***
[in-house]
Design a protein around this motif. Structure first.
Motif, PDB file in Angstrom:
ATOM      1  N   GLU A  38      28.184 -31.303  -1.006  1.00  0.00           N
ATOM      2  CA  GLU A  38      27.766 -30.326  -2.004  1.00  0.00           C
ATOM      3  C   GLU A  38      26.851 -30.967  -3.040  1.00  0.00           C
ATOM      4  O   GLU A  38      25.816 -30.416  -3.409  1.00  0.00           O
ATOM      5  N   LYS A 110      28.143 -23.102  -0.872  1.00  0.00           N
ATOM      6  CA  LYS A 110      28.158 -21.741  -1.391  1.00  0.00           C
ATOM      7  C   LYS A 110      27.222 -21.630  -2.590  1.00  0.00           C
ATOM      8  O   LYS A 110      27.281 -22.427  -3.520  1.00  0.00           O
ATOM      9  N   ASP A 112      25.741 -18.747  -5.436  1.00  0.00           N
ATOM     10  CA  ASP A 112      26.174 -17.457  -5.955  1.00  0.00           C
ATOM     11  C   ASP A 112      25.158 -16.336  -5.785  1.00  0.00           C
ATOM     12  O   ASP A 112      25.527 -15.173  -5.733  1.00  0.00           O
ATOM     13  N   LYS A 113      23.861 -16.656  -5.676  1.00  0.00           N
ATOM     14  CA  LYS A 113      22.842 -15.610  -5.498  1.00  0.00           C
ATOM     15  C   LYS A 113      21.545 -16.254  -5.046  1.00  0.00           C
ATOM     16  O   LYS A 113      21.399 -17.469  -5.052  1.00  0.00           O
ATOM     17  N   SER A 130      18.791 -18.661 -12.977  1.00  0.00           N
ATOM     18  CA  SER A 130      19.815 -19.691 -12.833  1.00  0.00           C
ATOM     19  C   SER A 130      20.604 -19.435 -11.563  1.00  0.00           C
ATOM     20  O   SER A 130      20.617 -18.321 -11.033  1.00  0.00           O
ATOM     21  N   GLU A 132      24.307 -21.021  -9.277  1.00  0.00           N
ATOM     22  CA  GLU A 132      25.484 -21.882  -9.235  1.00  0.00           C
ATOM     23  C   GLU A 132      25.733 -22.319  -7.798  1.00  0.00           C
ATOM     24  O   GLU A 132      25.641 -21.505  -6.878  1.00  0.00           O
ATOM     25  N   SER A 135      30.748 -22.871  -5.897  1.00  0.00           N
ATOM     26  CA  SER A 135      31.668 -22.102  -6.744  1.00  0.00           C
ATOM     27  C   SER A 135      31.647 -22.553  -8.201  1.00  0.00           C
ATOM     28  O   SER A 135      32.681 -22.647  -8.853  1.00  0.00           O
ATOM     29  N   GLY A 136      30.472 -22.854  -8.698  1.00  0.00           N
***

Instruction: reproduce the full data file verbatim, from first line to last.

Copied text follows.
[in-house]
Design a protein around this motif. Structure first.
Motif, PDB file in Angstrom:
ATOM      1  N   GLU A  38      28.184 -31.303  -1.006  1.00  0.00           N
ATOM      2  CA  GLU A  38      27.766 -30.326  -2.004  1.00  0.00           C
ATOM      3  C   GLU A  38      26.851 -30.967  -3.040  1.00  0.00           C
ATOM      4  O   GLU A  38      25.816 -30.416  -3.409  1.00  0.00           O
ATOM      5  N   LYS A 110      28.143 -23.102  -0.872  1.00  0.00           N
ATOM      6  CA  LYS A 110      28.158 -21.741  -1.391  1.00  0.00           C
ATOM      7  C   LYS A 110      27.222 -21.630  -2.590  1.00  0.00           C
ATOM      8  O   LYS A 110      27.281 -22.427  -3.520  1.00  0.00           O
ATOM      9  N   ASP A 112      25.741 -18.747  -5.436  1.00  0.00           N
ATOM     10  CA  ASP A 112      26.174 -17.457  -5.955  1.00  0.00           C
ATOM     11  C   ASP A 112      25.158 -16.336  -5.785  1.00  0.00           C
ATOM     12  O   ASP A 112      25.527 -15.173  -5.733  1.00  0.00           O
ATOM     13  N   LYS A 113      23.861 -16.656  -5.676  1.00  0.00           N
ATOM     14  CA  LYS A 113      22.842 -15.610  -5.498  1.00  0.00           C
ATOM     15  C   LYS A 113      21.545 -16.254  -5.046  1.00  0.00           C
ATOM     16  O   LYS A 113      21.399 -17.469  -5.052  1.00  0.00           O
ATOM     17  N   SER A 130      18.791 -18.661 -12.977  1.00  0.00           N
ATOM     18  CA  SER A 130      19.815 -19.691 -12.833  1.00  0.00           C
ATOM     19  C   SER A 130      20.604 -19.435 -11.563  1.00  0.00           C
ATOM     20  O   SER A 130      20.617 -18.321 -11.033  1.00  0.00           O
ATOM     21  N   GLU A 132      24.307 -21.021  -9.277  1.00  0.00           N
ATOM     22  CA  GLU A 132      25.484 -21.882  -9.235  1.00  0.00           C
ATOM     23  C   GLU A 132      25.733 -22.319  -7.798  1.00  0.00           C
ATOM     24  O   GLU A 132      25.641 -21.505  -6.878  1.00  0.00           O
ATOM     25  N   SER A 135      30.748 -22.871  -5.897  1.00  0.00           N
ATOM     26  CA  SER A 135      31.668 -22.102  -6.744  1.00  0.00           C
ATOM     27  C   SER A 135      31.647 -22.553  -8.201  1.00  0.00           C
ATOM     28  O   SER A 135      32.681 -22.647  -8.853  1.00  0.00           O
ATOM     29  N   GLY A 136      30.472 -22.854  -8.698  1.00  0.00           N